I-65 reopens following crash near Lafayette
After sitting for hours in a parking lot of wrecked cars and semi tractor trailers, some of them on fire, Bob Nash was never so glad to get to a Denny's near I-65 in Lafayette.
"Somewhere besides the highway," said Nash, who sat for hours with his wife in their car after they were involved in a chain reaction of crashes Saturday on I-65 North near mile marker 174.
"Most everybody was like me or like we were. Sitting and waiting," said Nash.
"I slid off. I got stopped. The lady behind me got stopped and then we both got rear ended by a car sliding into us," Nash explained.
"Just one crash after another, after another," said Indiana State Police Sergeant Kim Riley.
According to investigators it all started about 2:50 p.m. Saturday on I-65 near Lafayette when a semi slowed for a crash that was in front of him. Semis behind were not able to get stopped because they were traveling too fast for road conditions or following too closely.
Nine semis and four cars were involved in the initial crash with secondary crashes occurring behind the original crash.
Four people were taken to area hospitals with non life threatening injuries.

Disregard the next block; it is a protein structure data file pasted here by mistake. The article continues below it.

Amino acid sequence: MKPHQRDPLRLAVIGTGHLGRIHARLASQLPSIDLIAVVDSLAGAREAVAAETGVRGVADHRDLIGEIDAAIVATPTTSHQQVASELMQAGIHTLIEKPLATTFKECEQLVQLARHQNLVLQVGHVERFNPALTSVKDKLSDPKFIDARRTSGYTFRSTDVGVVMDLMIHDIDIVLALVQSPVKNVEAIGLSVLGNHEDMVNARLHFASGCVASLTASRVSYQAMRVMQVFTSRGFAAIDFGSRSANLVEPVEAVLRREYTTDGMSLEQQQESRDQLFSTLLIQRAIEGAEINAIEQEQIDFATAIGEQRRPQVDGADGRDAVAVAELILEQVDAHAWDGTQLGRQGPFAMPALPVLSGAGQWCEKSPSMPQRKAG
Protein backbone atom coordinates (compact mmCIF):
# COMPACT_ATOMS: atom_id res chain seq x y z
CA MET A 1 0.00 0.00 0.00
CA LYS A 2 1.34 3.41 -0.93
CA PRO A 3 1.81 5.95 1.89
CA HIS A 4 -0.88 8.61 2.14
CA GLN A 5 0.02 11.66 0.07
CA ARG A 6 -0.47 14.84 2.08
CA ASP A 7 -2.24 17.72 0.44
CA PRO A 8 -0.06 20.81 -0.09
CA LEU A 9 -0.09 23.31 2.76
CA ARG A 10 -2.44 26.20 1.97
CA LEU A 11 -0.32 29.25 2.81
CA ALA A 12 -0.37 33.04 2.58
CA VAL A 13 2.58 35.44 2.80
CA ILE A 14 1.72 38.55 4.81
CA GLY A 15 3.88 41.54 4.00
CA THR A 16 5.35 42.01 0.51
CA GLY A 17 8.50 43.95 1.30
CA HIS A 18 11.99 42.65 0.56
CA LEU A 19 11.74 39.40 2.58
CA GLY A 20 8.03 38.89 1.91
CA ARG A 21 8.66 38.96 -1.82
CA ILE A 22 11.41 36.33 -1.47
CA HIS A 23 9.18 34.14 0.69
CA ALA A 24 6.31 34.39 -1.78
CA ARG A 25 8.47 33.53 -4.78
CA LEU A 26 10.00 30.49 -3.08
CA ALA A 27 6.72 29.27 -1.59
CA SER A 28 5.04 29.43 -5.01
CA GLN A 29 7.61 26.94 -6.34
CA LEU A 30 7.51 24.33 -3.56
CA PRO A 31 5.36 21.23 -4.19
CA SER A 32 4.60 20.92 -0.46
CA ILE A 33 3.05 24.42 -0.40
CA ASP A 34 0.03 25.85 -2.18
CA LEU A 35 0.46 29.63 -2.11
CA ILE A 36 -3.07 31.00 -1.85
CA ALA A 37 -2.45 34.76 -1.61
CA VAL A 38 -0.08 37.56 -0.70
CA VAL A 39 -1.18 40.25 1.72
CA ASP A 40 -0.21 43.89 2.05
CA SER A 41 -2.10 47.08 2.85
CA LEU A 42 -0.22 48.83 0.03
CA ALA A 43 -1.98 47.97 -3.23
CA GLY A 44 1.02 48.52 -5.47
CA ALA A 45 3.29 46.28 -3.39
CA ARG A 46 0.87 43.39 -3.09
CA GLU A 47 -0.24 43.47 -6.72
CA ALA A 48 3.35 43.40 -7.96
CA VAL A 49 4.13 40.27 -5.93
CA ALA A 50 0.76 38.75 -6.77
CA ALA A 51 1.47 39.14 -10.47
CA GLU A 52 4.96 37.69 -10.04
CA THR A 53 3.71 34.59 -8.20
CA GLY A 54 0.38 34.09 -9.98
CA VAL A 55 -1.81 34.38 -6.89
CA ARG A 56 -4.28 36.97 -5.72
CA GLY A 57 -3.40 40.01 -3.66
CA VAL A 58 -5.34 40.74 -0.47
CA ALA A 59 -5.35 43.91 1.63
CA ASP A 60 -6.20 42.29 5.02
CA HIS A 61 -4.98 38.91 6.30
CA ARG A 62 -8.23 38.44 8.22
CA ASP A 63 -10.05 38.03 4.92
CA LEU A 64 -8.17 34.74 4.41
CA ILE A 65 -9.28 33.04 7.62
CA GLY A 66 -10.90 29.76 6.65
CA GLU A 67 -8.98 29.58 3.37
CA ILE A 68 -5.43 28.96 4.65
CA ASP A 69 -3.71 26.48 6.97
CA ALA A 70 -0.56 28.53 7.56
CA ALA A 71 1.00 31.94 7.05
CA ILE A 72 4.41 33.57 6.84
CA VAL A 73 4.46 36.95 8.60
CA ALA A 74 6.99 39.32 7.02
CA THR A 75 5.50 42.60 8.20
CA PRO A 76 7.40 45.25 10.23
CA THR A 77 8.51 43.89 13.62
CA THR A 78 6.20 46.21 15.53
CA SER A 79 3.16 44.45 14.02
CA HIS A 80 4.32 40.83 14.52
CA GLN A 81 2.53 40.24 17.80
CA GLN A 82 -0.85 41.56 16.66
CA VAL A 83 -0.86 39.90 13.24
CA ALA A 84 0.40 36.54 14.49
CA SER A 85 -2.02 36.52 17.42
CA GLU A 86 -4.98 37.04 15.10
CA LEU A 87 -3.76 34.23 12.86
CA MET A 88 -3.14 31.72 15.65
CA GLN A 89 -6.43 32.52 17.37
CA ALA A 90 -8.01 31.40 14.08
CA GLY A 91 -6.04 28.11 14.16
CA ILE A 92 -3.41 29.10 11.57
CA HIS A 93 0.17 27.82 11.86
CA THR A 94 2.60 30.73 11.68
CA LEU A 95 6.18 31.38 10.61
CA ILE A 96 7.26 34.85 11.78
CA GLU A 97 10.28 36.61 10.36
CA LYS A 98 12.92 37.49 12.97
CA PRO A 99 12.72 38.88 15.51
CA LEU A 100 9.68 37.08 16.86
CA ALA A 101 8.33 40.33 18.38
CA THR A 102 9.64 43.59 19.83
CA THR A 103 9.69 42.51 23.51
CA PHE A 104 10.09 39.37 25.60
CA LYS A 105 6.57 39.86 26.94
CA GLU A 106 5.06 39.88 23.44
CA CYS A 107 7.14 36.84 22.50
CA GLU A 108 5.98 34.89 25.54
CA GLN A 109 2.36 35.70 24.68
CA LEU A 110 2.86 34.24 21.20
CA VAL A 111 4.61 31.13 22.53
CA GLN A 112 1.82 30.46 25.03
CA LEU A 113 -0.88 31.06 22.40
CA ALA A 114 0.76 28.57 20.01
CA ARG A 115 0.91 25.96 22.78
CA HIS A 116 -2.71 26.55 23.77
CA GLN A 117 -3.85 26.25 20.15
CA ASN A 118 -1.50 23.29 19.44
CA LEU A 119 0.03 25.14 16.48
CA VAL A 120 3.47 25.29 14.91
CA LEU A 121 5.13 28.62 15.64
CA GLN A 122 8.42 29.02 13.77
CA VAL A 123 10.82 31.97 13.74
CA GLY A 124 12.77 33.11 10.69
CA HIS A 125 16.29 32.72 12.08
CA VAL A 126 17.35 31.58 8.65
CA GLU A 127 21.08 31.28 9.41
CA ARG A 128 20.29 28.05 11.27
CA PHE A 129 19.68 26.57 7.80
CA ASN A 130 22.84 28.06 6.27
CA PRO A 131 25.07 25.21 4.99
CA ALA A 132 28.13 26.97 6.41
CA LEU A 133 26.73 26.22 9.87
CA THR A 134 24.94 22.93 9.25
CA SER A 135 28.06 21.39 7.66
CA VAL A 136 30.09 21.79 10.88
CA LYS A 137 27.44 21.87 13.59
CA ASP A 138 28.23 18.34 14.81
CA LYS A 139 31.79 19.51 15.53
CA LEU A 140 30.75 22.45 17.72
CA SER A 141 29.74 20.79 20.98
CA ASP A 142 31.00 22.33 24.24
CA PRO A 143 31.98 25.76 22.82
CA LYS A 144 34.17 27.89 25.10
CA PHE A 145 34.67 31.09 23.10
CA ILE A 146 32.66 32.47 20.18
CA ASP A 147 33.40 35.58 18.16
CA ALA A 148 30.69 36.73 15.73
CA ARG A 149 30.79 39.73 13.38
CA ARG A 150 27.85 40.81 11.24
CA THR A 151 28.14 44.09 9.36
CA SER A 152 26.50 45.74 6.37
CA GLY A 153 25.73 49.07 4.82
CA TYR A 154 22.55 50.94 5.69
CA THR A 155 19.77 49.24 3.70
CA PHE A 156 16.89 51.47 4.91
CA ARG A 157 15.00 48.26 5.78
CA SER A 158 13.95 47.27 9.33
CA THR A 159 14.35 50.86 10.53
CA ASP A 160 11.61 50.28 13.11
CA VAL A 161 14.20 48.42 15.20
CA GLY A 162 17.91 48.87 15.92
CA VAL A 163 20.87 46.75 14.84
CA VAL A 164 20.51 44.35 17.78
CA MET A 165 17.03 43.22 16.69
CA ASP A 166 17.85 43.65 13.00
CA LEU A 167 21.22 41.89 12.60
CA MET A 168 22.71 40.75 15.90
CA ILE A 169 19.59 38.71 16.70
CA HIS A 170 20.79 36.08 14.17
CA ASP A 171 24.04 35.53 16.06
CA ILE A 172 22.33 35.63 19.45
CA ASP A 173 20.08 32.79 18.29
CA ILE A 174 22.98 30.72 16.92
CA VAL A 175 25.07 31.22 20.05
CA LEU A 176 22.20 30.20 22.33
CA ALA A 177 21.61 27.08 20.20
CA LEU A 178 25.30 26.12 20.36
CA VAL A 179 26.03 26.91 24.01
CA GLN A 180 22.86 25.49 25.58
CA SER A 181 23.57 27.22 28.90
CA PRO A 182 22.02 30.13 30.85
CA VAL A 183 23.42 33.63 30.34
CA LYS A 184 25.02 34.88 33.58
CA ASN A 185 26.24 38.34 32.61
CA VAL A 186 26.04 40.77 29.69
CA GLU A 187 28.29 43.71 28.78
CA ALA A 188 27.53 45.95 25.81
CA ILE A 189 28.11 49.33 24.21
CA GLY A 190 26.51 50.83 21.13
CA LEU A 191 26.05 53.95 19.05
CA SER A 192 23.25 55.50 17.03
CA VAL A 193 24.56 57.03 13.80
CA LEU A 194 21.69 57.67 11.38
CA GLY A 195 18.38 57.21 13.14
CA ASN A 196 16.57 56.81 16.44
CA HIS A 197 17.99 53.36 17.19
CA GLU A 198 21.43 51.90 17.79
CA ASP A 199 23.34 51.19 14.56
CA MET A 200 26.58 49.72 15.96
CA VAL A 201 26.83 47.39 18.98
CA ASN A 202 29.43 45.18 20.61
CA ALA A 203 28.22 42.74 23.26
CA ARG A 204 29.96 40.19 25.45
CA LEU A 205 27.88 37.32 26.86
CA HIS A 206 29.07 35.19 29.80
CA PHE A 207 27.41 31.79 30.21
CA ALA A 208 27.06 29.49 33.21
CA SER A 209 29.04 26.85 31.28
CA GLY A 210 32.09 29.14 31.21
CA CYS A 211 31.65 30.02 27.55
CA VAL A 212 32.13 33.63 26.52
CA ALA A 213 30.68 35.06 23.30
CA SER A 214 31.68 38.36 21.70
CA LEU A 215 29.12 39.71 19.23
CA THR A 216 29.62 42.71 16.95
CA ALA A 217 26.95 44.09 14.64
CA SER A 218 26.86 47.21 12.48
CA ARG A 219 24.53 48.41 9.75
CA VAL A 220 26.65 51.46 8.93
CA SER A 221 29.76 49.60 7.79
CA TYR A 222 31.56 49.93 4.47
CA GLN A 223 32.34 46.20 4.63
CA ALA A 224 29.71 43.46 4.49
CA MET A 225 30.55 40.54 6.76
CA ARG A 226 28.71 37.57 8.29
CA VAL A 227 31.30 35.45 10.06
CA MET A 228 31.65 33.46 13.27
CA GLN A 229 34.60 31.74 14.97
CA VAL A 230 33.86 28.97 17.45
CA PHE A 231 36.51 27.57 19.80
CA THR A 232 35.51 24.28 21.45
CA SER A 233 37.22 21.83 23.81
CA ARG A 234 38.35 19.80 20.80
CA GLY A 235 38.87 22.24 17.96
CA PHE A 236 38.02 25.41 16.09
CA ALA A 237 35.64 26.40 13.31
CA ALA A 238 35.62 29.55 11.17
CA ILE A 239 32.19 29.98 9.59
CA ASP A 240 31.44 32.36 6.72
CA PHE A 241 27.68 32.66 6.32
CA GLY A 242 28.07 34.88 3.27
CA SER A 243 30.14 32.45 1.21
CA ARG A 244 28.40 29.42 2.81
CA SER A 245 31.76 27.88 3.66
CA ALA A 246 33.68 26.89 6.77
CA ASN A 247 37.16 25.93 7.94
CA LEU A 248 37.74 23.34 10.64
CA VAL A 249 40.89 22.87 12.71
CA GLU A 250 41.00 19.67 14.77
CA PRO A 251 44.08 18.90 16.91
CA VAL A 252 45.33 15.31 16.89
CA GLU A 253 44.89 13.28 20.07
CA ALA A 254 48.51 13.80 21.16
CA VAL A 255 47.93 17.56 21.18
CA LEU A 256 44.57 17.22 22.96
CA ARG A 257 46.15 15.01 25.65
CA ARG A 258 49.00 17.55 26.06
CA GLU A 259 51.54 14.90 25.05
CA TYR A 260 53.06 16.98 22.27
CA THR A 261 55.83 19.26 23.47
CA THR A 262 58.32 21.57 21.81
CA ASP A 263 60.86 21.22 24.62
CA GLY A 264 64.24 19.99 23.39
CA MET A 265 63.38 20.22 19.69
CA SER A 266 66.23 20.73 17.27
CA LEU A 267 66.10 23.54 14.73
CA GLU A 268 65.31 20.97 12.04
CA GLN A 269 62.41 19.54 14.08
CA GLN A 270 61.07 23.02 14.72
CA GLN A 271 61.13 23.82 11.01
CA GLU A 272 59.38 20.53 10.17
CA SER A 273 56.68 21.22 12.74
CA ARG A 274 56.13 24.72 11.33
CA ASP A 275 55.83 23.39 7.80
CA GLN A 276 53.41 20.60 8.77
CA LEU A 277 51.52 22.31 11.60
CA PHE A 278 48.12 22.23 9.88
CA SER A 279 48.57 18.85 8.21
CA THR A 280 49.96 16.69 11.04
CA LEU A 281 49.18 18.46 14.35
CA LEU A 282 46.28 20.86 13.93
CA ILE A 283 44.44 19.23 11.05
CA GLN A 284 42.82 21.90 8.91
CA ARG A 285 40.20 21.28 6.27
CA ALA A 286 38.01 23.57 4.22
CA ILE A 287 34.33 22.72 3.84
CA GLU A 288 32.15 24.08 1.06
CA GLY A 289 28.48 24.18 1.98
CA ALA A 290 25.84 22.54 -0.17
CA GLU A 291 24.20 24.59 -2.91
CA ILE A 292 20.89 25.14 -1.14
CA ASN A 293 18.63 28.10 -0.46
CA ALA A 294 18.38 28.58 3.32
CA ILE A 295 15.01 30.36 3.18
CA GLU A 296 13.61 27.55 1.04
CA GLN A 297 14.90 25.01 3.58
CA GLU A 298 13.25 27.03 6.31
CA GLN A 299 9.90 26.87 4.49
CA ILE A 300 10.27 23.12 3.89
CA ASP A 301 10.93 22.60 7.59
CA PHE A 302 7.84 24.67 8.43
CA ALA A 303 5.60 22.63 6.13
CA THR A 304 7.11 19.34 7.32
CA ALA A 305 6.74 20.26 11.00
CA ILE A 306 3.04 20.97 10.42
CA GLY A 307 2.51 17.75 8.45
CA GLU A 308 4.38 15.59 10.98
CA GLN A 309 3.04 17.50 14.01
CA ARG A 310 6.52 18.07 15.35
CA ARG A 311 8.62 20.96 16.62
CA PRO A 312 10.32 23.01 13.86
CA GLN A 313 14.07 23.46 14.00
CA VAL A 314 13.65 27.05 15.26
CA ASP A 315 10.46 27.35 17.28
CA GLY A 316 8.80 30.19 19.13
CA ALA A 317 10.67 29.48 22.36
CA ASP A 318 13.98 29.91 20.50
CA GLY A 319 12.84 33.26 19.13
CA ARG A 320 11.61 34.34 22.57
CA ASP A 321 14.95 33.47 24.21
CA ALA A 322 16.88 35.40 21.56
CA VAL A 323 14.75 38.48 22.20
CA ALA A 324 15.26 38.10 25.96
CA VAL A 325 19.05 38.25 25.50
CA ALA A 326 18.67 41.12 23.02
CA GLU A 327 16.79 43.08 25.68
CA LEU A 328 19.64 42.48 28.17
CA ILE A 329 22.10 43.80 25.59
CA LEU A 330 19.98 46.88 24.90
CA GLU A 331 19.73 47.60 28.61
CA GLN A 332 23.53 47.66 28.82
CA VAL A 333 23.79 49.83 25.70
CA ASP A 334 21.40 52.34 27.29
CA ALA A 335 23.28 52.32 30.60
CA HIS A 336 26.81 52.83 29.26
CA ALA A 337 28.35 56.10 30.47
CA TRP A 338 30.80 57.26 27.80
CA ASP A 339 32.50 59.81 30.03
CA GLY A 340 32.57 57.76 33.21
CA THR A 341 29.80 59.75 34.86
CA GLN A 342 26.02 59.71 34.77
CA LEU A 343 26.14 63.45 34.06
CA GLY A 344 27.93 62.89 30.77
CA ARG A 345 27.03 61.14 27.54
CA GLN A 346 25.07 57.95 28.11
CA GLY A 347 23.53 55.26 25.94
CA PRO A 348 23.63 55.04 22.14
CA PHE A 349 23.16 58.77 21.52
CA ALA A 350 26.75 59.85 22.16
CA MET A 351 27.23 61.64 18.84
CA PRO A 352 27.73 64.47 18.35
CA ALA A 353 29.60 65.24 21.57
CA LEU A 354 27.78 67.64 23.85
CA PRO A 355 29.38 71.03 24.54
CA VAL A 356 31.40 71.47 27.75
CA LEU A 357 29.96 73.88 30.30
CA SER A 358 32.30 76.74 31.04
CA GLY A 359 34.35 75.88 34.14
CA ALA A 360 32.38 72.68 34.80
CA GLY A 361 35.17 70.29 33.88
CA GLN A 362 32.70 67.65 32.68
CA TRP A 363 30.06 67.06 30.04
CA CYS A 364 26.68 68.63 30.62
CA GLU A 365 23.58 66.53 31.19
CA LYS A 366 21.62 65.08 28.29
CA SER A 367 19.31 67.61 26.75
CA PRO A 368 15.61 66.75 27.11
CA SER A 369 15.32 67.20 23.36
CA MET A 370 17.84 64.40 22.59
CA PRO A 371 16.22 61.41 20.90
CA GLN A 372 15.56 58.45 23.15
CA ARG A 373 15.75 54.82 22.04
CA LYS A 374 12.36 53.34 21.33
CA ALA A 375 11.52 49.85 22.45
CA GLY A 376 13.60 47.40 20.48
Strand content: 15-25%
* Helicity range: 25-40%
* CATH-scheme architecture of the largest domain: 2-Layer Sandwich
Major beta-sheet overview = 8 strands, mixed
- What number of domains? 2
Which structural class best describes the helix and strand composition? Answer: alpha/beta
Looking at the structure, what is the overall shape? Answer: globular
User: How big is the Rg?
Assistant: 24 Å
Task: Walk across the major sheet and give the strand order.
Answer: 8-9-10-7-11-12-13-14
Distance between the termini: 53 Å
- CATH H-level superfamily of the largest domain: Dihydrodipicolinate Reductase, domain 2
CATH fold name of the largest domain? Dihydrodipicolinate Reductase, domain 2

Northbound lanes of Interstate 65 near mile marker 174 (about one mile south of the State Road 25 exit) and remained closed until Sunday morning - opening around 4:30 a.m.
The southbound lanes of I-65 were closed for about three hours and were reopened around 8 p.m. Saturday.
Indiana State Police said 30 some vehicles - maybe more - ended up disabled and stuck on the highway for hours, along with the drivers inside them.
The scene only got worse, when two of the semi's caught fire.
One fire started in the engine compartment of a semi and its load of frozen pizzas burned along with a second semi trailer loaded with fluorescent lights. Lafayette Fire Department arrived to extinguish the fire.
All drivers like Bob Nash, sitting in the mess, could do, was wait for tow trucks to get them off the highway.
"We'd let the car run for a little while and then shut it off, run it awhile and shut it off, just enough to keep warm," said Nash.
Eight hours after the initial crash, many of the drivers had left the scene, while the clean-up continued for several more hours.
Officials say they have not been able to determine how many vehicles were involved in the secondary crashes.